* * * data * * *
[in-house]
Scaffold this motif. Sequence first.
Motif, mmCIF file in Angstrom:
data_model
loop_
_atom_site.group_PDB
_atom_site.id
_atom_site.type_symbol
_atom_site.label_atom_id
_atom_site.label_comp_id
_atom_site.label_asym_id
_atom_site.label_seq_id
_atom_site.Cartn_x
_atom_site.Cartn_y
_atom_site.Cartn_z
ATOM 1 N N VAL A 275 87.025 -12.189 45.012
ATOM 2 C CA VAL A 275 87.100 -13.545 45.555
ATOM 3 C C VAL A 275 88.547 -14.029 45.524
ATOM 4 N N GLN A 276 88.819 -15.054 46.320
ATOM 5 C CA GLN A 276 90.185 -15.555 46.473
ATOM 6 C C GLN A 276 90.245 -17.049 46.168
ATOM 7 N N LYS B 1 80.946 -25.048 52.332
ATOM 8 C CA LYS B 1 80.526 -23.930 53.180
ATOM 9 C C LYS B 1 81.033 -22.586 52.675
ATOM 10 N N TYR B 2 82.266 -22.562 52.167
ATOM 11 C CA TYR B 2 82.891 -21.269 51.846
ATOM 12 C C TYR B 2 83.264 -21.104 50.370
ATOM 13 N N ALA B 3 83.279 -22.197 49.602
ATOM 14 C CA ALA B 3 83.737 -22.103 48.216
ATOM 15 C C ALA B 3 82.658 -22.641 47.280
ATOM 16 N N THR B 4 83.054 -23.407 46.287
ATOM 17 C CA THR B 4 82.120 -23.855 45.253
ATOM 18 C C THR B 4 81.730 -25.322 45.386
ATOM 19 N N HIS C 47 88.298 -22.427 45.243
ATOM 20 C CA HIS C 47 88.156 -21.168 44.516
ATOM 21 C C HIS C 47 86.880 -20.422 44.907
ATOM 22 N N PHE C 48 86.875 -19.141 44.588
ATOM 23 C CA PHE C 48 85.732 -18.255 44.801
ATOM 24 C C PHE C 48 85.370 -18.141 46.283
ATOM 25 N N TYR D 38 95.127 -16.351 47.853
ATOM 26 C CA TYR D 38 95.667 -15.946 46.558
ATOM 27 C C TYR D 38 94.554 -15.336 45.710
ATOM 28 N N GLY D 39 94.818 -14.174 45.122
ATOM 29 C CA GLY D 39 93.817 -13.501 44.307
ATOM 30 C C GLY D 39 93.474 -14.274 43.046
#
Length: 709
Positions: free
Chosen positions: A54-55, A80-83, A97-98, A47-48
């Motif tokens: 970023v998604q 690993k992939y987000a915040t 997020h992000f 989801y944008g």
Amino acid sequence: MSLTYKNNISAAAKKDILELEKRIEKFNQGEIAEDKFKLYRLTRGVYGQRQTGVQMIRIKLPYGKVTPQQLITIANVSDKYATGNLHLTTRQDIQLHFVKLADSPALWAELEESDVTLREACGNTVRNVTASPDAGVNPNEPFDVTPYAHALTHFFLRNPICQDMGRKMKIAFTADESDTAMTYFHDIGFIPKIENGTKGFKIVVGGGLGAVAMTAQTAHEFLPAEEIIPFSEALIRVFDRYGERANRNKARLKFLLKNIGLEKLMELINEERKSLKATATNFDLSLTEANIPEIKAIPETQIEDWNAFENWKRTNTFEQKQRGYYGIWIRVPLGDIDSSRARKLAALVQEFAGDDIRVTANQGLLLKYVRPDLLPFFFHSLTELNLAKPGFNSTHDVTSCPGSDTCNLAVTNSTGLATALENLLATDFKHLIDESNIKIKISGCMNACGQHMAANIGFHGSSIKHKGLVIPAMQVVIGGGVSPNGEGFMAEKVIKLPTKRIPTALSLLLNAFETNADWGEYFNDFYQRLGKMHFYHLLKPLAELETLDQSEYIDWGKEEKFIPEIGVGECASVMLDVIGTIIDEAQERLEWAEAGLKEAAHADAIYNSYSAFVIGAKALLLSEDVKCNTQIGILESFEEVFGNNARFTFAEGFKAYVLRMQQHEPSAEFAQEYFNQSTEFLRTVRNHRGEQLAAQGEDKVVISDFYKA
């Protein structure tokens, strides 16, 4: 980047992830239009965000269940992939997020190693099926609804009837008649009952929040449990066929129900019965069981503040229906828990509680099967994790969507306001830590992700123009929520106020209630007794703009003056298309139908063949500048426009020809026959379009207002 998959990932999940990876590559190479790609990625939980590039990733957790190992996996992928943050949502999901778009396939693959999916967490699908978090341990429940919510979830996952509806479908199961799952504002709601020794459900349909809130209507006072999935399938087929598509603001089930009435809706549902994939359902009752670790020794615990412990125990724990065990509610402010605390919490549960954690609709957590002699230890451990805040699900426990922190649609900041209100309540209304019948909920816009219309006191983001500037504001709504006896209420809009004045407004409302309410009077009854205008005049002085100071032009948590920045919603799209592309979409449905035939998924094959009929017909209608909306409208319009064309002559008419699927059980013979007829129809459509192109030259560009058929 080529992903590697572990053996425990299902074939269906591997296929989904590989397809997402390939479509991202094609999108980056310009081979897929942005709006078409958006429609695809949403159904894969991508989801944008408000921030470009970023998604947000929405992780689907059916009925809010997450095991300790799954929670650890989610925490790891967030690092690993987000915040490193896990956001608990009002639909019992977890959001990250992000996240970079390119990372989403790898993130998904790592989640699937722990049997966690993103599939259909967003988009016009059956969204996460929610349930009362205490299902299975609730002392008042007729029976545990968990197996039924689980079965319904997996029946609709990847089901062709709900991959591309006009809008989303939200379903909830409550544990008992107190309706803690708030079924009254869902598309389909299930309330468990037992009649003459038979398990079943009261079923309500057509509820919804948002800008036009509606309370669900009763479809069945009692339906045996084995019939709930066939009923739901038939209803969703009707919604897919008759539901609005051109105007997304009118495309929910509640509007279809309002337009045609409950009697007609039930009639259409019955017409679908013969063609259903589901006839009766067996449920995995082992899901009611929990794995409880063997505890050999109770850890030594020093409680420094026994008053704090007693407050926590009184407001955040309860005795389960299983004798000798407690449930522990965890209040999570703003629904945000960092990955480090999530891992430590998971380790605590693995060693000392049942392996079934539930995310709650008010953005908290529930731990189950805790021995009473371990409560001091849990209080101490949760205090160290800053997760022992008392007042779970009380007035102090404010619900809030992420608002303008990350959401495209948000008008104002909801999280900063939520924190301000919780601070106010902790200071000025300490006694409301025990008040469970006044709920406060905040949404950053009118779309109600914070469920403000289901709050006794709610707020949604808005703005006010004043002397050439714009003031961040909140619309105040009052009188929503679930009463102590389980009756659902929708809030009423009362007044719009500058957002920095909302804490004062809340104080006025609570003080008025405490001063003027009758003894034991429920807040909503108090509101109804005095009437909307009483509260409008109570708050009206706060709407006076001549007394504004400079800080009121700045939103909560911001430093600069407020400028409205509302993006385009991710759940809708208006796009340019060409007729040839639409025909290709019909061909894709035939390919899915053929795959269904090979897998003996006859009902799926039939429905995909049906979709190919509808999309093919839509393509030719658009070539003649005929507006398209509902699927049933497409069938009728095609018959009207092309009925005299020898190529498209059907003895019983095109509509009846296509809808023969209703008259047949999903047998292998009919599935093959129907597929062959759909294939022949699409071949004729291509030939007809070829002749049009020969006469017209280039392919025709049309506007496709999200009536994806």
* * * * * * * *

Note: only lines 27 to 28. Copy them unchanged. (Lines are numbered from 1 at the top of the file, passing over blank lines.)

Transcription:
ATOM 12 C C TYR B 2 83.264 -21.104 50.370
ATOM 13 N N ALA B 3 83.279 -22.197 49.602